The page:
Why is it that some children thrive while others do not? Is it a matter of genetics, IQ, socioeconomic background or education? Every child deserves to reach their full potential and their early years of life could transform the world.
“A brain has to be built. It comes ready to learn, but it’s not built yet.”
This is an excerpt from our “Bitesize Training: Every Child a Talker (ECAT)” which equips practitioners with a deeper understanding of speech development and a raft of strategies to promote communication and language, including assessment materials. Full training (in-person and digital) can be booked here.
What is ECAT?
Every Child a Talker (ECAT) is a universal speech, language and communication development programme. Initially launched as a national project by the Department for Children, Schools and Families (DCSF) in 2008, funding was assigned to Local Authorities with relatively poor results against language elements of the EYFS Profile. Norfolk was deemed eligible and received funding to deliver a speech language and communication training and support project to a number of early years settings.
The ‘Newton Oakley Education: Food for Thought’ series aims to provide you with learning sparks and talking points to share in staff meetings, training or in your professional library.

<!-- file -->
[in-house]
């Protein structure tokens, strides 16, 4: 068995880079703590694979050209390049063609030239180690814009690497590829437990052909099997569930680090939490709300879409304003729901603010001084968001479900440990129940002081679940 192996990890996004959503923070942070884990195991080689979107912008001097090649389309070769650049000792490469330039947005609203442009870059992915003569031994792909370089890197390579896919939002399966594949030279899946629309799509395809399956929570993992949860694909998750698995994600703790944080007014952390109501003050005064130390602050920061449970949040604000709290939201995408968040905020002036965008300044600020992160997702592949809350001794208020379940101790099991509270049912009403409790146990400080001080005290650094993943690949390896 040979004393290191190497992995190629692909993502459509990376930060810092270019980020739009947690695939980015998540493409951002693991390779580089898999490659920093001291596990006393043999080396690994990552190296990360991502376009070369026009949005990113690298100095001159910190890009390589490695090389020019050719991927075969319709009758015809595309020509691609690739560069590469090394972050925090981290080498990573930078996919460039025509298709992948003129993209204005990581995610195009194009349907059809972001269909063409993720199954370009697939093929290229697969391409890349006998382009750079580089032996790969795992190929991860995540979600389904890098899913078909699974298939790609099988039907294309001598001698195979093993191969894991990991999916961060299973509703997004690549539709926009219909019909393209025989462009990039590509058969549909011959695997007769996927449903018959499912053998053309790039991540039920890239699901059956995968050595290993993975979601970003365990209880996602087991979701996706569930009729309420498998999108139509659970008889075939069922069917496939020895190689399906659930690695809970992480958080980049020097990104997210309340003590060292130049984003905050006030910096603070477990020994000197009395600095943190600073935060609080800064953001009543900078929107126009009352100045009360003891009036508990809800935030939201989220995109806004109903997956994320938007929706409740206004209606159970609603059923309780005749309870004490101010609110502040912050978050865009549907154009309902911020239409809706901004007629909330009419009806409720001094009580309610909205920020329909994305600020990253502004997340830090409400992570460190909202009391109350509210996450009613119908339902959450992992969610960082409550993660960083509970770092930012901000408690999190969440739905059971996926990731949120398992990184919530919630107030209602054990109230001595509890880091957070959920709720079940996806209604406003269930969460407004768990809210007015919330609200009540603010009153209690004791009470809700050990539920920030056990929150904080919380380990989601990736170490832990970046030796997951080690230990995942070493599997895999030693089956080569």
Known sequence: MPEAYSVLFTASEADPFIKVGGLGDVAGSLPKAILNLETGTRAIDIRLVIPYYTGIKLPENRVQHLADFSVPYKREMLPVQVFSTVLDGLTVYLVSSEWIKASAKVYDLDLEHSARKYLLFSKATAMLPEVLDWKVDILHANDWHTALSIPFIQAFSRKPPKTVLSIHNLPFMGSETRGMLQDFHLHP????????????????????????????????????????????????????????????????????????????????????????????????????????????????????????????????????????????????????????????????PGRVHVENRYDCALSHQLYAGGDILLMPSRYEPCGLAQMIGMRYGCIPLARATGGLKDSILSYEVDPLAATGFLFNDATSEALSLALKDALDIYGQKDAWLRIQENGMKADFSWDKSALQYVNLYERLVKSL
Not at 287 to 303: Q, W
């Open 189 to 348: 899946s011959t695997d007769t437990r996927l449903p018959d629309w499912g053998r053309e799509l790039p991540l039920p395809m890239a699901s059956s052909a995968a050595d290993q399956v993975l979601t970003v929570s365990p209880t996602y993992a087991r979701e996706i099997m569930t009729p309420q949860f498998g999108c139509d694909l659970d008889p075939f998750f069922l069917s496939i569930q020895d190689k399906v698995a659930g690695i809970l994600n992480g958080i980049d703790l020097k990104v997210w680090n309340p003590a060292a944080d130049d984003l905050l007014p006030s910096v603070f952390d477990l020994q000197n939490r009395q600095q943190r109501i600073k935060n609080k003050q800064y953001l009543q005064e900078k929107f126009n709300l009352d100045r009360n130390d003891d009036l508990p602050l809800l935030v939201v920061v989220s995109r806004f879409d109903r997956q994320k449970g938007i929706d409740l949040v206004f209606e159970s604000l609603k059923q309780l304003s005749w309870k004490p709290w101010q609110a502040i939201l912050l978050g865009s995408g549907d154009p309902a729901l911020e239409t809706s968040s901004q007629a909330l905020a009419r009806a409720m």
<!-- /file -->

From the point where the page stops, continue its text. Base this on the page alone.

Today I attended a webinar held by the Centre for Mental Health about ‘Maternal Mental Health During a Pandemic’ which covered the centre’s new rapid evidence review. While many practitioners working within early years education may not work directly with parents during the perinatal period, it is useful to have a broad understanding of the implications of poor maternal (and paternal!) mental health support during children’s early life. Conversations about service cuts are rife within the early years field but often those conversations don’t extend to discussions about the root cause: how political and local board decisions directly impact your work.
We already know that the perinatal period is a time of significant risk to women’s mental health, with up to two in ten women suffering some form of mental health difficulty, without factoring in the new stresses and significant life changes brought about by a global pandemic (exacerbation of inequality, social isolation, job losses and insecurity, health anxiety, caring responsibilities, etc.).
The Duchess of Cambridge has unveiled the findings of the biggest ever UK study on the early years, in a milestone moment for her work on the importance of early childhood in shaping the rest of our lives and broader societal outcomes. The Royal Foundation commissioned Ipsos MORI to conduct the research, aiming to discover what the UK thinks about the early years. It also explores how COVID-19 has impacted the perceptions and experiences of parents and carers of the under-fives. Ofsted has also conducted research in to the impact of COVID-19 on children’s learning and welfare that can be found in briefings here and here.